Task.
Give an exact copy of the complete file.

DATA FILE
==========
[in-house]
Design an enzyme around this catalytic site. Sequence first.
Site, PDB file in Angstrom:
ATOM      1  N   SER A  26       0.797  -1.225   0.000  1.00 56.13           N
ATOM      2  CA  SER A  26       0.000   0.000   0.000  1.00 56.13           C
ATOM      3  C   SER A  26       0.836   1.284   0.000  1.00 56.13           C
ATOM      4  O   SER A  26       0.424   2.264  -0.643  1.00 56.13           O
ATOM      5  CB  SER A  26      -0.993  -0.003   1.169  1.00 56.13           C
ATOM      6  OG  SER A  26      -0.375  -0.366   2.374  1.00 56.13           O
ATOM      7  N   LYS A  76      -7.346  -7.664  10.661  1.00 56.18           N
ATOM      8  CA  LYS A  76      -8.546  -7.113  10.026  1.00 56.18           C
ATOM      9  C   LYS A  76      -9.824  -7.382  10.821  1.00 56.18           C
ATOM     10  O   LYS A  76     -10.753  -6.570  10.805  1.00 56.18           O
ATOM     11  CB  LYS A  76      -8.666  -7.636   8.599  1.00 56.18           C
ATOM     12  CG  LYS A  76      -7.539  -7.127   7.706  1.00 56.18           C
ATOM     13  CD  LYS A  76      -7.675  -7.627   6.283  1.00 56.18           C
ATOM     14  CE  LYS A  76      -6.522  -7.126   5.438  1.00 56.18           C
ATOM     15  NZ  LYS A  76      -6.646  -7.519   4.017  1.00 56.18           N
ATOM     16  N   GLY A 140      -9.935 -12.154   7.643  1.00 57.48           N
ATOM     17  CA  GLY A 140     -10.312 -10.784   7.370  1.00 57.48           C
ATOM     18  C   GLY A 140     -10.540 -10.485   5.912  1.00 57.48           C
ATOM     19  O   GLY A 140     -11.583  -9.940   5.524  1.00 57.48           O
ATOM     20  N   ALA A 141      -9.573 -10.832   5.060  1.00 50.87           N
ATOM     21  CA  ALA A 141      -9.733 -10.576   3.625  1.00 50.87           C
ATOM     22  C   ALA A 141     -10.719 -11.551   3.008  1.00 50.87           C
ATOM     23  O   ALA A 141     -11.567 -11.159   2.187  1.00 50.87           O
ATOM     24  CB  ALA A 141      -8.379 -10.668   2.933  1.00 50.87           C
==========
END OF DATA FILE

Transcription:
[in-house]
Design an enzyme around this catalytic site. Sequence first.
Site, PDB file in Angstrom:
ATOM      1  N   SER A  26       0.797  -1.225   0.000  1.00 56.13           N
ATOM      2  CA  SER A  26       0.000   0.000   0.000  1.00 56.13           C
ATOM      3  C   SER A  26       0.836   1.284   0.000  1.00 56.13           C
ATOM      4  O   SER A  26       0.424   2.264  -0.643  1.00 56.13           O
ATOM      5  CB  SER A  26      -0.993  -0.003   1.169  1.00 56.13           C
ATOM      6  OG  SER A  26      -0.375  -0.366   2.374  1.00 56.13           O
ATOM      7  N   LYS A  76      -7.346  -7.664  10.661  1.00 56.18           N
ATOM      8  CA  LYS A  76      -8.546  -7.113  10.026  1.00 56.18           C
ATOM      9  C   LYS A  76      -9.824  -7.382  10.821  1.00 56.18           C
ATOM     10  O   LYS A  76     -10.753  -6.570  10.805  1.00 56.18           O
ATOM     11  CB  LYS A  76      -8.666  -7.636   8.599  1.00 56.18           C
ATOM     12  CG  LYS A  76      -7.539  -7.127   7.706  1.00 56.18           C
ATOM     13  CD  LYS A  76      -7.675  -7.627   6.283  1.00 56.18           C
ATOM     14  CE  LYS A  76      -6.522  -7.126   5.438  1.00 56.18           C
ATOM     15  NZ  LYS A  76      -6.646  -7.519   4.017  1.00 56.18           N
ATOM     16  N   GLY A 140      -9.935 -12.154   7.643  1.00 57.48           N
ATOM     17  CA  GLY A 140     -10.312 -10.784   7.370  1.00 57.48           C
ATOM     18  C   GLY A 140     -10.540 -10.485   5.912  1.00 57.48           C
ATOM     19  O   GLY A 140     -11.583  -9.940   5.524  1.00 57.48           O
ATOM     20  N   ALA A 141      -9.573 -10.832   5.060  1.00 50.87           N
ATOM     21  CA  ALA A 141      -9.733 -10.576   3.625  1.00 50.87           C
ATOM     22  C   ALA A 141     -10.719 -11.551   3.008  1.00 50.87           C
ATOM     23  O   ALA A 141     -11.567 -11.159   2.187  1.00 50.87           O
ATOM     24  CB  ALA A 141      -8.379 -10.668   2.933  1.00 50.87           C